Are you still looking for venture capital?
Yes. We are waiting to hit certain benchmarks before approaching VCs. We intend to:
- Publish our findings in the British Medical Journal
- Conclude a validation study of mWSI (Mobile Whole Slide Imaging), conducted with medical pathologists from the North Shore Long Island Jewish Hospital System
- Submit designs to ASME (American Society of Mechanical Engineers)
What is your VC pitch?
Our technology can produce file images suitable for pathologists’ diagnoses at 500 megabytes compared to current sizes that are 20 times larger. We can transport more files across less broadband quicker and store them less expensively. Our hardware costs around $2,000 compared to the $30,000 to $100,000 range previously mentioned.
What is your exit strategy?
We are structuring our startup for eventual acquisition.
What is the biggest risk to your firm’s success?
We face regulatory risk of FDA approval of medical devices under a 510 (k) filing. This is why we built a strategy of working with the developing world. Not only is the need greater than in the United States, but the regulatory hurdles are more approachable. We intend to build momentum by working with government aid groups in the developing world to move quickly and to acquire more meaningful data points to build a stronger case for approval here in the US.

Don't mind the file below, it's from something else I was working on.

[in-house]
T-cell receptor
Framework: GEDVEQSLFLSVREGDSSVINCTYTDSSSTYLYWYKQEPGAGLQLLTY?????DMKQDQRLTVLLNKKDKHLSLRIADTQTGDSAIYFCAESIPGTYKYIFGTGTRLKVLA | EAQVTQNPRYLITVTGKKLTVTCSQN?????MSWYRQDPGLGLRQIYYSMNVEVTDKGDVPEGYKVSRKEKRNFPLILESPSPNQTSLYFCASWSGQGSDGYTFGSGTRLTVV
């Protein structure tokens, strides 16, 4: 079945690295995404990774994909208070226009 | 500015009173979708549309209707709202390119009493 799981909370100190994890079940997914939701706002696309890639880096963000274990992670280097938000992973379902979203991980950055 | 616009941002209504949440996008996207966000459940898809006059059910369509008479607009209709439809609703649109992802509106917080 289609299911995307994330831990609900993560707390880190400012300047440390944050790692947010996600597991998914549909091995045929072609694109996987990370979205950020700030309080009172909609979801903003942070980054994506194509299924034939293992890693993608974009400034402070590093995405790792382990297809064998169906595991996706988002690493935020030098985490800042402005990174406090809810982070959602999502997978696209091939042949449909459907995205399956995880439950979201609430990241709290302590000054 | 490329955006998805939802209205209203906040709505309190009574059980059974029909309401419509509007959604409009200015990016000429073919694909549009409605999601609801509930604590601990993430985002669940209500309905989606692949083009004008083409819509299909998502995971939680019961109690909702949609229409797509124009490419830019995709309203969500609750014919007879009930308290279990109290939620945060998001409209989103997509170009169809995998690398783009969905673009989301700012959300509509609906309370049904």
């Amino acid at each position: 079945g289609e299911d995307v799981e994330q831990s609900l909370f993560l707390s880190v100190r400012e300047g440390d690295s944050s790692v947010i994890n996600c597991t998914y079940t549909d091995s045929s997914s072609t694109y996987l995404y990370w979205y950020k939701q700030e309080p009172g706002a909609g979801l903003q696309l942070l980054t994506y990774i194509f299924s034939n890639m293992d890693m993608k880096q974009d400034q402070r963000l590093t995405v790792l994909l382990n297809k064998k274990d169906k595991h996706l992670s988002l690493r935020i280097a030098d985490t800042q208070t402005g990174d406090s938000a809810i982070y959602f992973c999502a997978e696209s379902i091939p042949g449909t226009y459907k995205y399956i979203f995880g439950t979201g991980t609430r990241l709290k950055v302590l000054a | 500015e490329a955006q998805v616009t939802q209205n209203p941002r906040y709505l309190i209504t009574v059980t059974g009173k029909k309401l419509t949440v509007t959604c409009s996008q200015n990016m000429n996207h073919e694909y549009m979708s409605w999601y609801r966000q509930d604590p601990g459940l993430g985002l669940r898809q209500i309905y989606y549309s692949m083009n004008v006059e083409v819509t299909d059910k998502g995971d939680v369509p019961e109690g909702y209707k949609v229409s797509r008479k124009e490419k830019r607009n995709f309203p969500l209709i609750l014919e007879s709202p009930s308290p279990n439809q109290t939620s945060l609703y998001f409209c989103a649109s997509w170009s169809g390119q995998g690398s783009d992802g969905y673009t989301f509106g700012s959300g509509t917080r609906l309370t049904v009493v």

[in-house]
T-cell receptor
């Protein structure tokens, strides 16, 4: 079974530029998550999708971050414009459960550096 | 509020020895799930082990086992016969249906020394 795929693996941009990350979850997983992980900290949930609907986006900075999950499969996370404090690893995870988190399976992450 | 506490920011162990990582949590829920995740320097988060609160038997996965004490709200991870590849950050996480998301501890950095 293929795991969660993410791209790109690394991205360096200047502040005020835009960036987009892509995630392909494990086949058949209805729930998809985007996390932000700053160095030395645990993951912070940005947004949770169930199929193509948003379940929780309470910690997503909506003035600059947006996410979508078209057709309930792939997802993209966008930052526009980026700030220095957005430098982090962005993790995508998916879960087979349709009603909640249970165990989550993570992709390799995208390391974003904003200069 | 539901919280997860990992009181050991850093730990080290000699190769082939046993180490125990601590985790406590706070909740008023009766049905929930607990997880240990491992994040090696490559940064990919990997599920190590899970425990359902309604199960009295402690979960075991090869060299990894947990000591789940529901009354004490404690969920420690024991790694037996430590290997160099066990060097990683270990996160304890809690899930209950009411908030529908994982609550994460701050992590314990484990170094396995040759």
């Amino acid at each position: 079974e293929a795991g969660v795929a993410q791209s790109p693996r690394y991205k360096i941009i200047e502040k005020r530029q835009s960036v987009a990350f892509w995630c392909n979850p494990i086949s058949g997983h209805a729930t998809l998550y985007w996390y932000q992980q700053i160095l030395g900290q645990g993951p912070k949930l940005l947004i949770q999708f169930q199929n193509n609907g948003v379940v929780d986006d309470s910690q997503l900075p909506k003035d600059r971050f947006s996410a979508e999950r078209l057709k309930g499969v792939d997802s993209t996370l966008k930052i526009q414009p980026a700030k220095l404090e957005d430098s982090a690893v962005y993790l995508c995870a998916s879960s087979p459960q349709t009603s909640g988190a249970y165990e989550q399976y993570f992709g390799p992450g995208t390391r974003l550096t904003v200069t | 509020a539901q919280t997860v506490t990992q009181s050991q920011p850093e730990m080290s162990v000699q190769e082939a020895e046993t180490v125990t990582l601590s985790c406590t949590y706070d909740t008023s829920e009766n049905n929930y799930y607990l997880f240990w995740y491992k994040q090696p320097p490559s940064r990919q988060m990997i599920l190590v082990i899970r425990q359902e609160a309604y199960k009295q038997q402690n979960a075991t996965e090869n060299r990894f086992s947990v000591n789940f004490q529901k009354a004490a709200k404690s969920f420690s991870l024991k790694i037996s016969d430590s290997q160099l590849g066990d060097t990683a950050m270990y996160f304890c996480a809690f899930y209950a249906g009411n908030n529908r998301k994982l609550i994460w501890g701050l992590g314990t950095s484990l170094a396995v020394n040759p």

What key intellectual property has the company developed?
We filed for IP based on our acquisition model of the slides we collect through smart phones. We also filed a patent on our controlling method in how smart phones can control the robotic stages.
What metric best captures your firm’s success?
To reduce the mortality rate of cervical cancer in countries suffering from a shortage of pathologists.
What entrepreneur do you admire?
Richard Branson, because he has his hands in a lot of pies, and Elon Musk, because of the way he pushes technology to solve incredibly complex problems.
Tell us about a customer who was impacted by your product.
Our company is part of Team Live Longer, an initiative with AMHE (Haitian Physicians Abroad). We have been working with Haitian expatriate pathologists coming to Haiti for the last couple of years. There was one lab tech working at Justinien Hospital in Cap Haitien who said she wanted to get tested for HPB using our technology, but it was more personal than that because when she tested negative, she was relived. And in some small way, the quality of her life was the better for it.
What does transformational innovation of your product look like years from now?
In the future, I’d love to be able to have smart phones with machine learning algorithms as a means of detecting many forms of cancer in real time.
Everyone is afraid of something, loves something and regrets something. Your turn!
I love what I do. I’m afraid of working without a net, which is the nature of the entrepreneur creating from scratch, and of losing key people to more established companies. I regret not seizing opportunities earlier in life. For example, not working with USAID more when I first started.
If you wore a warning label, what would it say?
Early detection of cancer saves lives, so get tested early to live longer.
© 2016 Vincent Suppa and Ross Brand